The biggest threat to global health could potentially come in the form of man's best friend. That's what new research suggests after multidrug-resistant bacteria was found in dog food - sparking fears over a possible international health crisis.
A new paper, presented at the European Congress of Clinical Microbiology & Infectious Diseases (ECCMID), warns that "the trend for feeding dogs raw food may be fuelling the spread of antibiotic-resistant bacteria."
Researchers from UCIBIO, Faculty of Pharmacy at the University of Porto in Portugal examined various dog food samples from supermarkets and pet shops.
The study revealed that Enterococci, a genus of bacteria commonly found in human intestines, was present in more than half the analysed samples.
The concern comes from the fact that this type of bacteria is often intrinsically resistant to antibiotics, meaning some species of Enterococci can lead to dangerous outbreaks. For example, over the last two decades in the US there have been clusters of infections related to VRE (Vancomycin-Resistant Enterococci) - often initially contracted from a hospital.
An estimated 700,000 people around the world die every year from drug-resistant infections. The UN states that this figure could rise to 10 million by 2050 without sufficient action. Antibiotic resistance is classed by the World Health Organisation (WHO) as one the greatest threats to global public health.
"This study shows that dog food from international brands is a vehicle of clinically-relevant enterococci carrying resistance to last-resort antibiotics and relevant virulence genes, thus positioning pet food as an important source of antibiotic resistance spread," says the paper, co-authored by Dr Ana Freitas, Dr Carla Novais, Dr Luísa Peixe and colleagues from UCIBIO.
Dr Freitas and her team looked at 55 samples of dog food (22 wet, 14 raw-frozen, 8 dry, 7 treats, and 4 semi-wet), from 25 brands available in Portugal and across the rest of Europe. The raw-frozen foods contained beef, goose, duck, salmon, turkey, chicken, lamb, and vegetables.
More than half (54 per cent) tested positive for Enterococci, with 40 per cent of this type of bacteria found to be resistant to multiple types of antibiotics. Nearly a quarter were found to be resistant to linezolid, a drug considered to be a 'last-resort antibiotic' - used only where other drugs have failed to treat an infection. Resistance to this specific antibiotic is particularly alarming.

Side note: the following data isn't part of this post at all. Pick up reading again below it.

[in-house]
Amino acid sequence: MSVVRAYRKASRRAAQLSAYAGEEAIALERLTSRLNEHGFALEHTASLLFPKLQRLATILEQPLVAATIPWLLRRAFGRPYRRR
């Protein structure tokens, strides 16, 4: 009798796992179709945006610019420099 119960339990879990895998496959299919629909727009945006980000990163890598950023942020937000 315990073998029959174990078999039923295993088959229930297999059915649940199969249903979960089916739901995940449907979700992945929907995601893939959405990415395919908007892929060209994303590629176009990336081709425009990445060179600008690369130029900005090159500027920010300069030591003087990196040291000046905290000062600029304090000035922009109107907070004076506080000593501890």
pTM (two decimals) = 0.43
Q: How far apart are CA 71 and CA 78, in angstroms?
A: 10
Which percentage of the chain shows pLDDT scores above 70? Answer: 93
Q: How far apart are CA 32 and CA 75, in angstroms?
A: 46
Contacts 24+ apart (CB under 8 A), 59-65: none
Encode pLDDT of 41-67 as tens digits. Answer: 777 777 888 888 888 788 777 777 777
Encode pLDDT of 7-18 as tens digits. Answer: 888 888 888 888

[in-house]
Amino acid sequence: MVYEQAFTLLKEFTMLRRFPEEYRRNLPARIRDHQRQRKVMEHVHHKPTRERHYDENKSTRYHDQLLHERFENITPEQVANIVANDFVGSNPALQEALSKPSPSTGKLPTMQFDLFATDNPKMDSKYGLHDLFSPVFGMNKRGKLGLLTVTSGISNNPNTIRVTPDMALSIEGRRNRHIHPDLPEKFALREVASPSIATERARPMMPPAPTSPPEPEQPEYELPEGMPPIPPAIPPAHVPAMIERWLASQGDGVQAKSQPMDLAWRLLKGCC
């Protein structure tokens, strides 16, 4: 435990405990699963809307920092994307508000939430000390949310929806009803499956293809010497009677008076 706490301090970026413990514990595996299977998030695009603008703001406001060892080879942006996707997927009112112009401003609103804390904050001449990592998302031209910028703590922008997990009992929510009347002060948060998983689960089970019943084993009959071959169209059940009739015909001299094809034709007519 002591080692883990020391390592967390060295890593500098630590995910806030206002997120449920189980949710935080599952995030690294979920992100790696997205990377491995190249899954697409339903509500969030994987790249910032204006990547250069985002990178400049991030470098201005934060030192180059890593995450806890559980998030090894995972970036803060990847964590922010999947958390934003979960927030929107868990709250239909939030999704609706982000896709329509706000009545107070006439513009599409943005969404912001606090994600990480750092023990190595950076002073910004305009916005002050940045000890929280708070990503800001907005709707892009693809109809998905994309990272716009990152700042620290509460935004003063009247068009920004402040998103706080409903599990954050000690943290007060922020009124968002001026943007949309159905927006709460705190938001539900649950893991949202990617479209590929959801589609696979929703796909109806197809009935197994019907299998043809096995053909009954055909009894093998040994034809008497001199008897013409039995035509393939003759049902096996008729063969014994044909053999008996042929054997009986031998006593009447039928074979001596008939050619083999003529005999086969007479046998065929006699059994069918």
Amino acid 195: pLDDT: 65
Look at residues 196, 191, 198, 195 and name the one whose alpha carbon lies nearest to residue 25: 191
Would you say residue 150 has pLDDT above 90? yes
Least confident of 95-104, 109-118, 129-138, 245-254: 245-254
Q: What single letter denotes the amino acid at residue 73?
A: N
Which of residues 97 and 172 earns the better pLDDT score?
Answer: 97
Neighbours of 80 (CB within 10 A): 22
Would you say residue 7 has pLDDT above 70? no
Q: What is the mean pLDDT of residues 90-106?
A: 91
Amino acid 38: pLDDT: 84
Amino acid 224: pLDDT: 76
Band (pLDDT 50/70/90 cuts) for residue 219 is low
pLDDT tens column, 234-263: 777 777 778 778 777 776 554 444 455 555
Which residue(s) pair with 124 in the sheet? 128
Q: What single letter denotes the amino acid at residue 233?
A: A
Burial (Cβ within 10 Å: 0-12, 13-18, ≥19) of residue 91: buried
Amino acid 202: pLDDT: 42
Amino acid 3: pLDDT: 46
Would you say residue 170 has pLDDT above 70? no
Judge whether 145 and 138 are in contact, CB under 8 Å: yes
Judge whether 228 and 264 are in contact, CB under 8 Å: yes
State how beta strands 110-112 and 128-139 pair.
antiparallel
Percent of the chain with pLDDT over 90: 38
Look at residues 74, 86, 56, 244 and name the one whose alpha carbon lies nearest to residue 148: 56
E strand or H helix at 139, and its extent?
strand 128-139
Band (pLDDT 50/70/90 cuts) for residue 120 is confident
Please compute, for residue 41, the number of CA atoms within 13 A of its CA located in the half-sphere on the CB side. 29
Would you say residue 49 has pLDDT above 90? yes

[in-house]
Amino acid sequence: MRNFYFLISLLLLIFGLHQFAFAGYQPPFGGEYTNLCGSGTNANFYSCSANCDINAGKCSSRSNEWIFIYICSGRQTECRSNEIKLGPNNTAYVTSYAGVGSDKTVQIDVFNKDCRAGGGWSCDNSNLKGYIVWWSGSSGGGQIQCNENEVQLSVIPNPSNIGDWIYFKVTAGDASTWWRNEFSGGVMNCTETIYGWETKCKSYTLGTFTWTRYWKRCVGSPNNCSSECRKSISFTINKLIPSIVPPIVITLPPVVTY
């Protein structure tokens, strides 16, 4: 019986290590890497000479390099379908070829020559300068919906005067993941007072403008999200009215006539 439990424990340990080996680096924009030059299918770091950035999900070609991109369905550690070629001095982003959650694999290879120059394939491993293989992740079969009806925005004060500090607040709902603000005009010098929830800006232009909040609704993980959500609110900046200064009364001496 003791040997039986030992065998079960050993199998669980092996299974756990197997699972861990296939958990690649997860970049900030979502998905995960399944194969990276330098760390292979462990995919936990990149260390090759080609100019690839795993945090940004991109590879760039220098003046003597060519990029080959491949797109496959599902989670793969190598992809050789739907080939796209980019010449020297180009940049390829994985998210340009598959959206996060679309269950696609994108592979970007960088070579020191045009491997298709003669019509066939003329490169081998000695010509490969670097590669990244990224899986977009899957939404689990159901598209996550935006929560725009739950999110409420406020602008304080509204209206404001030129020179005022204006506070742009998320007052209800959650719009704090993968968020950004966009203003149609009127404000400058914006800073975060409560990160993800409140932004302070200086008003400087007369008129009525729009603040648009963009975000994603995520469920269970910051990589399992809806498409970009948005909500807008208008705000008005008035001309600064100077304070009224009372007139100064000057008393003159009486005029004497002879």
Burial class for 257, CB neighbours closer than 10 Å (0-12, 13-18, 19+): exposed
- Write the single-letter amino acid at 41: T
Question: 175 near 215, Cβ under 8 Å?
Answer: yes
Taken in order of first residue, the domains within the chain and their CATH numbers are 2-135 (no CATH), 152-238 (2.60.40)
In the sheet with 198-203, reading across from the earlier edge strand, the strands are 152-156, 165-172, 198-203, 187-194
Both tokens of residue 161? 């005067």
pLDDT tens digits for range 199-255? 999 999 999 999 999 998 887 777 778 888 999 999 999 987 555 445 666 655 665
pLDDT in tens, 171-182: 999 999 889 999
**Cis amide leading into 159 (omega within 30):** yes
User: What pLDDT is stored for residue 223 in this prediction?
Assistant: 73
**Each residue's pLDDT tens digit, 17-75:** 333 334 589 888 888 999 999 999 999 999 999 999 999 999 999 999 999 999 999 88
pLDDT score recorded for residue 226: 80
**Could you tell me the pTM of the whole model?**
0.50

The rise of raw dog food
Raw dog food, often sold in frozen chunks, has rapidly grown in popularity over the last five years. Data from Google shows a sharp uptick in public searches for the product in 2020, particularly in the UK.
Owners believe that feeding dogs raw meat is healthier for their pets, claiming to see improved dental health, increases in energy levels, as well as healthier coats and skin. Some vets, however, warn that there are health risks for the wider household and dogs with compromised immune systems.
The UCIBIO study found that in all the raw-frozen samples analysed, multidrug-resistant Enterococci was present - including bacteria resistant to linezolid. Only three of the non-raw samples contained multidrug-resistant species of Enterococci.
The paper's authors caution that with an estimated 90 million pet dogs in Europe, and nearly 500 million worldwide, dog food may be a dangerously overlooked source of antibiotic resistance globally.
"The close contact of humans with dogs and the commercialisation of the studied brands in different countries poses an international public health risk," adds Dr Freitas.
"European authorities must raise awareness about the potential health risks when feeding raw diets to pets and the manufacture of dog food, including ingredient selection and hygiene practices, must be reviewed.
"Dog owners should always wash their hands with soap and water right after handling pet food and after picking up faeces."
Antibiotic-resistance within the wider meat industry
While the recent UCIBIO study focuses on mass-produced dog food, drug-resistant bacteria is of growing concern within meat for human consumption too.
For decades, antibiotics were used for non-therapeutic purposes in livestock production. In order to meet consumer demands, antimicrobial drugs were used to promote growth in some animals - as well as to boost milk production in cows. By 2001 it was estimated that around 90 per cent of antimicrobial usage in the US was for non-medical reasons in animal agriculture.
This has long been an issue around the world, not just in the US. However, Sweden, Denmark and a handful of other countries began to address the practice in animal agriculture 40 years ago. The EU banned the use of antibiotics for growth purposes in 2006, and the US did the same in 2017.
However, research suggests that two-thirds of antibiotic usage worldwide is in farm animals. Even though regulation has helped lessen the practice (antibiotic use in livestock has fallen by 50 per cent over the last five years in the UK) - it is still far from being fully addressed.
In Oceania and Asia, the rate of farm antibiotic sales per unit of livestock is four times higher than in Europe.
Fundamentally, antibiotic-resistant bacteria is a matter of concern in all meat production - whether it ends up being food for humans or pets.